The Obama Presidential Center by Tod Williams Billie Tsien Architects and Interactive Design moves forward as a federal judge tossed out the lawsuit against it. The planned $500 million, 20-acre campus faced an initial ruling from a district judge that allowed the lawsuit to proceed and stalled construction for four months. Now U.S. District Judge John Robert Blakey stated there will be no halt in construction.
The initial lawsuit was filed by Protect Our Parks and three other community groups against both the City of Chicago and the Chicago Park District, arguing that the Obama Foundation’s plan to place the OPC in the Olmsted and Vaux–designed Jackson Park was illegal. Protect Our Parks argued that since the Center wouldn’t actually be a government-run presidential library but a privately-run museum center and Chicago Public Library location, the land transfer from the city to the Obama Foundation was invalid. Blakey ruled that the public benefits offered by the Obama Presidential Center would constitute a public good and merit the land transfer.
After the ruling, Mayor Lori Lightfoot issued a statement in favor of building the OPC in Jackson Park. “Chicago is where President Obama discovered his love for community service, and the Obama Presidential Center will honor his presidency and inspire the next generation of leaders. The court today made unequivocally clear that this project may be located in Jackson Park, marking a significant step forward in this historic project and for our entire city. I am committed to ensuring that this community hub creates unprecedented cultural opportunities and economic growth on the South Side.”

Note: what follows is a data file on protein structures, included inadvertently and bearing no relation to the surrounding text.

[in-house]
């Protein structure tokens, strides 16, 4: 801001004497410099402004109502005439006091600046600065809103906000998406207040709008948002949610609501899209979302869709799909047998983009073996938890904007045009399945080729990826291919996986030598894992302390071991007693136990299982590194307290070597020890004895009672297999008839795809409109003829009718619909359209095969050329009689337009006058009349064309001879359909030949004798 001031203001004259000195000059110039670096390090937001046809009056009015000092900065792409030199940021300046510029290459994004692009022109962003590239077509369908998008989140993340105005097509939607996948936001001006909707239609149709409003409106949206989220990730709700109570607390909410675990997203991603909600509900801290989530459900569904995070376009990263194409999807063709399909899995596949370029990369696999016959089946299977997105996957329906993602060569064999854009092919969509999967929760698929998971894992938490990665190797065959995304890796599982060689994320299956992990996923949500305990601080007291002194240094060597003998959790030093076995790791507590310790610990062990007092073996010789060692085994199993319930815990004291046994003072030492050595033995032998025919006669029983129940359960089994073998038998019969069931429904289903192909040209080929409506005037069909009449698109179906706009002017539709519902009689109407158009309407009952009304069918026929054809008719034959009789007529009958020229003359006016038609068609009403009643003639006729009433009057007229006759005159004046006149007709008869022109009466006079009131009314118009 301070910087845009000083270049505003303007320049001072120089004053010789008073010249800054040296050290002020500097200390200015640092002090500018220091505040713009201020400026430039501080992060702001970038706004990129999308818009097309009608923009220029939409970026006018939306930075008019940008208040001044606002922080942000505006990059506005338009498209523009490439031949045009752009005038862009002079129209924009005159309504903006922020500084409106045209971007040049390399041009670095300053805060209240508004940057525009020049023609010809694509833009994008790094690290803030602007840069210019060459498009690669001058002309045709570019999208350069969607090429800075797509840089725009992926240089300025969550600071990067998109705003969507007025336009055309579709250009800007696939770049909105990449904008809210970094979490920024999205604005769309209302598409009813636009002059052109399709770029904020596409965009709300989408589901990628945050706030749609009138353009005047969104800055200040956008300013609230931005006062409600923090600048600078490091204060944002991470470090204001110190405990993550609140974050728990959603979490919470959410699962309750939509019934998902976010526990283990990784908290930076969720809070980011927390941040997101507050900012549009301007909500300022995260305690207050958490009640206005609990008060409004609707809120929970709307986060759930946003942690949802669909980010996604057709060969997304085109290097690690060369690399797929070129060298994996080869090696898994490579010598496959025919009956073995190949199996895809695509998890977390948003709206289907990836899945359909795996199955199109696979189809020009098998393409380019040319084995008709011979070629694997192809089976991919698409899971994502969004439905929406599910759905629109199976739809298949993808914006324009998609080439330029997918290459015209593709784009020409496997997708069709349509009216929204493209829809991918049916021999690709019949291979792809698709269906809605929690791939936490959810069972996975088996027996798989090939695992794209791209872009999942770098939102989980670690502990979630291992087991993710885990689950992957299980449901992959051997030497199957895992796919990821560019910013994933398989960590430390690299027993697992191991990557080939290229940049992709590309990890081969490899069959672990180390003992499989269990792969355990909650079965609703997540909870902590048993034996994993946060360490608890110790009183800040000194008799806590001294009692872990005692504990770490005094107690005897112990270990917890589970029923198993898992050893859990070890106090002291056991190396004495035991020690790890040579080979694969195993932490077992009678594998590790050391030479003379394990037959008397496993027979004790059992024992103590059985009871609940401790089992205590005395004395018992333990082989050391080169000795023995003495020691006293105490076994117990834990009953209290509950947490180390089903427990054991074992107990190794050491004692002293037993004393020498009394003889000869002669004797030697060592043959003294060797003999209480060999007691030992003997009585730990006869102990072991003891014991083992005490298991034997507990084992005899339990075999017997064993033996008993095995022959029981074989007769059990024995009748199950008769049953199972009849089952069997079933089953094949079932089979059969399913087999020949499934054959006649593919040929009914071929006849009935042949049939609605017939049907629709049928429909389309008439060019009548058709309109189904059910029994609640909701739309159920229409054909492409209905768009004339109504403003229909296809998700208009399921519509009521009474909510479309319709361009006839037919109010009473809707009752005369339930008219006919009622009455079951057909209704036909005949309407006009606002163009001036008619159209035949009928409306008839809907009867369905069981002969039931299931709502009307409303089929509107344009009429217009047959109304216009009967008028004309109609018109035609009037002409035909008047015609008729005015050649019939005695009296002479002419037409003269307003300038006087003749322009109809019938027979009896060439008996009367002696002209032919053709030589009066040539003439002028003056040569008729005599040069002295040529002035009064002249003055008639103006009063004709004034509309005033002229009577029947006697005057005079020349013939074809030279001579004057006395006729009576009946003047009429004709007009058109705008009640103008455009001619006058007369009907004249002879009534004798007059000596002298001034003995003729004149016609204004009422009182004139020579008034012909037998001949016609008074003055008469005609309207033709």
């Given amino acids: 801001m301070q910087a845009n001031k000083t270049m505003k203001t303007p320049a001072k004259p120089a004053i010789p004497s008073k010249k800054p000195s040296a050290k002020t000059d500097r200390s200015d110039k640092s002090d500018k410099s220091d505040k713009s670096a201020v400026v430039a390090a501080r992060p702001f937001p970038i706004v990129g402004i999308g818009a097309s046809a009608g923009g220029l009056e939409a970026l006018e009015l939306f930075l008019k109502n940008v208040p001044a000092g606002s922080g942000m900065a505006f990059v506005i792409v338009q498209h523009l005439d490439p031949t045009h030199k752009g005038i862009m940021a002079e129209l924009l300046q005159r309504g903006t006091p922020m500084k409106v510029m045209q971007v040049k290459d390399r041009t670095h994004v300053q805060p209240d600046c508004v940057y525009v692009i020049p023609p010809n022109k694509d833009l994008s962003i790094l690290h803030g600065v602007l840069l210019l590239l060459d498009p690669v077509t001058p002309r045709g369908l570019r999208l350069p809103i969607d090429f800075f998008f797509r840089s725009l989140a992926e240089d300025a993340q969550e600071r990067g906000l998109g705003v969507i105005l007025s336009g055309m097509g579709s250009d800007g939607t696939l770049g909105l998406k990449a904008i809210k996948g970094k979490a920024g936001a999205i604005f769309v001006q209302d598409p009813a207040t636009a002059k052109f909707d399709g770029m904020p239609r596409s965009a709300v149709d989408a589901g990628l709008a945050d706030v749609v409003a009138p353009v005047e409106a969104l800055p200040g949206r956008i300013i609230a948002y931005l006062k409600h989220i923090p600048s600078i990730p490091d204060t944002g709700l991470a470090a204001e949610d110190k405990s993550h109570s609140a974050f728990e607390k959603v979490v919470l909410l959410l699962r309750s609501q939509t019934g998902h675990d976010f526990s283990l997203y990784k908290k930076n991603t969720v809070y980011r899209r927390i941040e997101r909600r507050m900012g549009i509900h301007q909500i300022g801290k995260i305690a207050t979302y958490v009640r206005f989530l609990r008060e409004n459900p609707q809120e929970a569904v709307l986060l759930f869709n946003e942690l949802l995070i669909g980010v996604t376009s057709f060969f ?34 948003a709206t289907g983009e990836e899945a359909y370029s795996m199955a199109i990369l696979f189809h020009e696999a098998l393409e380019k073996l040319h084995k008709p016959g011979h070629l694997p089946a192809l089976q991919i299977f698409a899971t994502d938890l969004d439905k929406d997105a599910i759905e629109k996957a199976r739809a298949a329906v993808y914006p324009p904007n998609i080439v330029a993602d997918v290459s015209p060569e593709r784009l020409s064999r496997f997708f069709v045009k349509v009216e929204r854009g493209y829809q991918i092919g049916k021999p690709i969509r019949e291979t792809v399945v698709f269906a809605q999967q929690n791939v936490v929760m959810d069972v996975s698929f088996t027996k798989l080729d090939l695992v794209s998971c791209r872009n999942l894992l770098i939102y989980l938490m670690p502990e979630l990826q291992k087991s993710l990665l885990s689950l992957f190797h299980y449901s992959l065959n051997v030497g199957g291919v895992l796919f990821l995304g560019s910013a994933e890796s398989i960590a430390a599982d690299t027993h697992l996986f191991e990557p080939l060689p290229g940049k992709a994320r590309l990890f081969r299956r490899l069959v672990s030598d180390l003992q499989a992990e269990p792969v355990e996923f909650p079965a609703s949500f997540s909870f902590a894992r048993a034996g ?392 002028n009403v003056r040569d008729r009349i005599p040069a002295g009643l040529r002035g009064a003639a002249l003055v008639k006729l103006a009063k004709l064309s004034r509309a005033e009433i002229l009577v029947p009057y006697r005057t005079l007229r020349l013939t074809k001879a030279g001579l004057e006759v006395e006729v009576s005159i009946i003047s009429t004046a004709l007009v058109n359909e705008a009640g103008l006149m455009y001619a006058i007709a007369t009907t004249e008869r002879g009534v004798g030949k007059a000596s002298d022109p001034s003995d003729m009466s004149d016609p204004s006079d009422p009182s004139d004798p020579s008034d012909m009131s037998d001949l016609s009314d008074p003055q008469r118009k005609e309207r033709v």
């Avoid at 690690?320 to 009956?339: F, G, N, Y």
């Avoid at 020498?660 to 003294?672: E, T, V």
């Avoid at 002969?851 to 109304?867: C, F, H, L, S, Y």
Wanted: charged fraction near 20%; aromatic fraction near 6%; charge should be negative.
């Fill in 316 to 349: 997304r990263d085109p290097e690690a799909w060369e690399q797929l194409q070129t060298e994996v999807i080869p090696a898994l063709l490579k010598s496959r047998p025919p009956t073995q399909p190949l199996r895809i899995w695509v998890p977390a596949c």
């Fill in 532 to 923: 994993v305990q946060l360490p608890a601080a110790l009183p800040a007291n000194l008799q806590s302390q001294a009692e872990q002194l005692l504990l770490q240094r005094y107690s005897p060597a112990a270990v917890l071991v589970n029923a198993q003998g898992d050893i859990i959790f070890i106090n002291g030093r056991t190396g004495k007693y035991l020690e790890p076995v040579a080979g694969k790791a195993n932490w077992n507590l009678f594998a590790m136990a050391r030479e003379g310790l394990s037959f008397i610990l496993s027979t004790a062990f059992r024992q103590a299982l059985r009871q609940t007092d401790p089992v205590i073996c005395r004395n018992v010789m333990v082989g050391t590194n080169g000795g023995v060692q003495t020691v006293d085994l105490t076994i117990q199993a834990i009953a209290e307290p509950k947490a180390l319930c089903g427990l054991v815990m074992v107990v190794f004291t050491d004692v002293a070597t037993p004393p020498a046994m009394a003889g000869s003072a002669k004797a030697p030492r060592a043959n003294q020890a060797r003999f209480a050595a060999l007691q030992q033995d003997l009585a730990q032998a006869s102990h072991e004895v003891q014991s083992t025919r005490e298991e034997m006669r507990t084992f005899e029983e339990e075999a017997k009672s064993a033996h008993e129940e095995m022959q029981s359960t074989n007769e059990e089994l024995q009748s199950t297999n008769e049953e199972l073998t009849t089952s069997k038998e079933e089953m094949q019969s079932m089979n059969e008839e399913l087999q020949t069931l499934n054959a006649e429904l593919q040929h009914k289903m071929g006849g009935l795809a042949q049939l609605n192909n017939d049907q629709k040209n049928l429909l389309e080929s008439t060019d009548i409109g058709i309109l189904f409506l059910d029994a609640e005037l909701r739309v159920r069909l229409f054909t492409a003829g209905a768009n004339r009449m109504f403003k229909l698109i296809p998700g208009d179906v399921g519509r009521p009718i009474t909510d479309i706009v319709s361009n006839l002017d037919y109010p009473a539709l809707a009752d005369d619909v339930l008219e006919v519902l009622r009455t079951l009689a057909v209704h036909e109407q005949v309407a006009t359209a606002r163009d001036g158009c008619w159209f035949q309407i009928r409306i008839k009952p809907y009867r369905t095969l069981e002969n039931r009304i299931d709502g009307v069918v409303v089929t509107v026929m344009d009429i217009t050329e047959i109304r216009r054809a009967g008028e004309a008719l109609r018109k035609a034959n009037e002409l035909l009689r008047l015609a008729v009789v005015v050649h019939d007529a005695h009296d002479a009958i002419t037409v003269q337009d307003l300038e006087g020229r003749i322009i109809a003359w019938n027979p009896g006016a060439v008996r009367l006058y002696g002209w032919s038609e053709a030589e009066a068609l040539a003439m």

The Cultural Landscape Foundation (TCLF), which is an official consulting party to the federal level reviews concerning the siting of the Obama Presidential Center, issued the following statement concerning the ruling against the suit filed by Protect Our Parks: “Today’s ruling, while disappointing, is by no means the final word,” said Charles A. Birnbaum, president & CEO of The Cultural Landscape Foundation. “Though the carefully orchestrated local approvals process has been enabled by pliant municipal officials, there are still federal-level reviews underway for this nationally significant work of landscape architecture that is listed in the National Register of Historic Places.”
Now the coalition of plaintiffs has vowed to appeal, and the OPC will still need to pass a federal review for placing the project into a park listed on the National Register of Historic Places.